Google: What Is A Red Team?

Google now has a red team charged with testing the security of artificial intelligence (AI) systems by running simulated but realistic attacks to uncover vulnerabilities or other weaknesses that could be exploited by cybercriminals.

Red teams are known as groups of hackers at companies capable of simulating cyberattacks and advanced persistent threats (APTs) with the goal helping organizations identify security vulnerabilities in their systems.

“We’ve already seen early indications that investments in AI expertise and capabilities in adversarial simulations are highly successful,” Daniel Fabian, head of Google Red Teams, wrote in a recent blog post. “Red team engagements, for example, have highlighted potential vulnerabilities and weaknesses, which helped anticipate some of the attacks we now see on AI systems.”



Google published a report to explore a critical capability deploy to support the Secure AI Framework (SAIF), red teaming. The company believes red teaming will play a role in preparing every organization for attacks on AI systems. The report examines Google’s work and addresses three areas: what red teaming in the context of AI systems is and why it is important, what types of attacks AI red teams simulate, and lessons we have learned that we can share with others.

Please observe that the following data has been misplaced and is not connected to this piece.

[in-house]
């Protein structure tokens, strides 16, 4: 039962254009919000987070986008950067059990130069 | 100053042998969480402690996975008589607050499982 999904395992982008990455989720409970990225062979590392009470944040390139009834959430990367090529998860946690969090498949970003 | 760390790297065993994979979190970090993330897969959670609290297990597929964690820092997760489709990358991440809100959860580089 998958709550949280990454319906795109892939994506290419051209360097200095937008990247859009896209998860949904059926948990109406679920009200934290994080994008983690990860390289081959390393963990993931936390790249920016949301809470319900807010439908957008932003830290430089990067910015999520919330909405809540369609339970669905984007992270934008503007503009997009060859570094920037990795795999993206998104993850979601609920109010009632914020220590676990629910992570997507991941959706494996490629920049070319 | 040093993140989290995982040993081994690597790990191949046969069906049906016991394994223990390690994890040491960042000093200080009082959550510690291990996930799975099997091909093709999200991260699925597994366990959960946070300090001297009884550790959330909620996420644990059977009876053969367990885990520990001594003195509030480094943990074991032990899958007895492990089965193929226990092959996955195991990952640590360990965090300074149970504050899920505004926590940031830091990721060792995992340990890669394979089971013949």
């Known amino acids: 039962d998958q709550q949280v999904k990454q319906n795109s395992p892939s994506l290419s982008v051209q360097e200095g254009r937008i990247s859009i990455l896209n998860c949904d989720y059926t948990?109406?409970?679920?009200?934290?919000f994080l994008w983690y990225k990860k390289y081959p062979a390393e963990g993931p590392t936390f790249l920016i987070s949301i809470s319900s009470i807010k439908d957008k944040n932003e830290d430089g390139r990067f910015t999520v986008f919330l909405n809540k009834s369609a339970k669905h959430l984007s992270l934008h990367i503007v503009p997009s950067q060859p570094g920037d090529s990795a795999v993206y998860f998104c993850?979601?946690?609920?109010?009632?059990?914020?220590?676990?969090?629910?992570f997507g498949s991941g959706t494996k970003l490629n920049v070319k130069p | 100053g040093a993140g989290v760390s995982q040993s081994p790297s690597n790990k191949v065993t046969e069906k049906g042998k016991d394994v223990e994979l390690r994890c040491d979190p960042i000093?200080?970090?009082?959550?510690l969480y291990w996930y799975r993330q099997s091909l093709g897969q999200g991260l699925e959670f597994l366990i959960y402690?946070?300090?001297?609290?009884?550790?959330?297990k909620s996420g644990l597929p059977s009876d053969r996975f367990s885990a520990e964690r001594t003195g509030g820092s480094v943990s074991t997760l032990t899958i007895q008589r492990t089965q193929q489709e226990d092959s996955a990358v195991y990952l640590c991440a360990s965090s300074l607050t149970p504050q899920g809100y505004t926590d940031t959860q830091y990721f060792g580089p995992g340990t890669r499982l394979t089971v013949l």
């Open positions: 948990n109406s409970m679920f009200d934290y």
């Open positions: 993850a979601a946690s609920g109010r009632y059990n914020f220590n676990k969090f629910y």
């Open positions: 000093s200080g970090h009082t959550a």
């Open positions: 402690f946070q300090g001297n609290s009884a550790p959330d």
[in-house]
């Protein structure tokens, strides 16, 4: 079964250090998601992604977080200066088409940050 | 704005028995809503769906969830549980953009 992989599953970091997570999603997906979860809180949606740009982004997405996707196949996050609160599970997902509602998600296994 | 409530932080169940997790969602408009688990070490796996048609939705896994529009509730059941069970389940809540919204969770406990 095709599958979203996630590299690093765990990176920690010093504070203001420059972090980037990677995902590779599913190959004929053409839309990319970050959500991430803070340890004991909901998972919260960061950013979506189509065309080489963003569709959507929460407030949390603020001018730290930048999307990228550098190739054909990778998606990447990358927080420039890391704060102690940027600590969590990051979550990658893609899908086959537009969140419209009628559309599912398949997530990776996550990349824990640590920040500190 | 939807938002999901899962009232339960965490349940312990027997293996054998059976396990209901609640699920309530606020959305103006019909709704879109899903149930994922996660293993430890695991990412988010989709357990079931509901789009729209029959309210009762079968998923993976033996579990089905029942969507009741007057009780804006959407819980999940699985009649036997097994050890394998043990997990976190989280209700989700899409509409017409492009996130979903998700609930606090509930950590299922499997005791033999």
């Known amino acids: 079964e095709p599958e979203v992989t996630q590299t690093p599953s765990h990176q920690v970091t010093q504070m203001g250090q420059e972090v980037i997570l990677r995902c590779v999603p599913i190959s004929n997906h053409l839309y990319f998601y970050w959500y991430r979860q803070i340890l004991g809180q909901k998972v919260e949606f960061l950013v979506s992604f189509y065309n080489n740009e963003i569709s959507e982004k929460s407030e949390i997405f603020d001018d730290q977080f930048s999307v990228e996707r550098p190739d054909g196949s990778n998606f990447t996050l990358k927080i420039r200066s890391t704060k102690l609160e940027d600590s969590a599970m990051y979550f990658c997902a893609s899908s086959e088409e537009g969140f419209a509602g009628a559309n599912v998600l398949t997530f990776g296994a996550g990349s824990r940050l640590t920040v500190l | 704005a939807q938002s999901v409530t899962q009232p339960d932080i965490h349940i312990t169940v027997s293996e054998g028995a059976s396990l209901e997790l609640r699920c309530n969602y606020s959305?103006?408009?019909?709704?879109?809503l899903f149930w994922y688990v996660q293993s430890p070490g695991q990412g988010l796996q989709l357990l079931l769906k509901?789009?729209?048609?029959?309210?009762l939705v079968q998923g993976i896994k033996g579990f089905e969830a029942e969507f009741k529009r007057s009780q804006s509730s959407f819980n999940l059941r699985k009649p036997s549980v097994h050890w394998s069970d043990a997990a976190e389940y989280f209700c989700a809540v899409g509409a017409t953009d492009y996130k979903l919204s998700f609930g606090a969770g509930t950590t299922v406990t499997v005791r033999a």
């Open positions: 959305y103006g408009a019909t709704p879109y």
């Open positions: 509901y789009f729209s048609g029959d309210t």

A key responsibility of Google’s AI Red Team points to relevant research and adapt that research to work against real products and features that use AI to learn about their impact.

“Exercises can raise findings across security, privacy, and abuse disciplines, depending on where and how the technology is deployed,” Fabian wrote. “To identify these opportunities to improve safety, we leverage attackers' tactics, techniques and procedures (TTPs) to test a range of system defenses.”

The report lists TTPs that Google considers most relevant and realistic for real world adversaries and red teaming exercises. They include prompt attacks, training data extraction, backdooring the model, adversarial examples, data poisoning and exfiltration.

Google also listed lessons learned around vulnerabilities in a blog post.

These include:

  • Traditional red teams are a good starting point, but attacks on AI systems quickly become complex, and will benefit from AI subject matter expertise.
  • Addressing red team findings can be challenging, and some attacks may not have simple fixes, so we encourage organizations to incorporate red teaming into their work feeds to help fuel research and product development efforts.
  • Traditional security controls such as ensuring the systems and models are properly locked down can significantly mitigate risk.
  • Many attacks on AI systems can be detected in the same way as traditional attacks.
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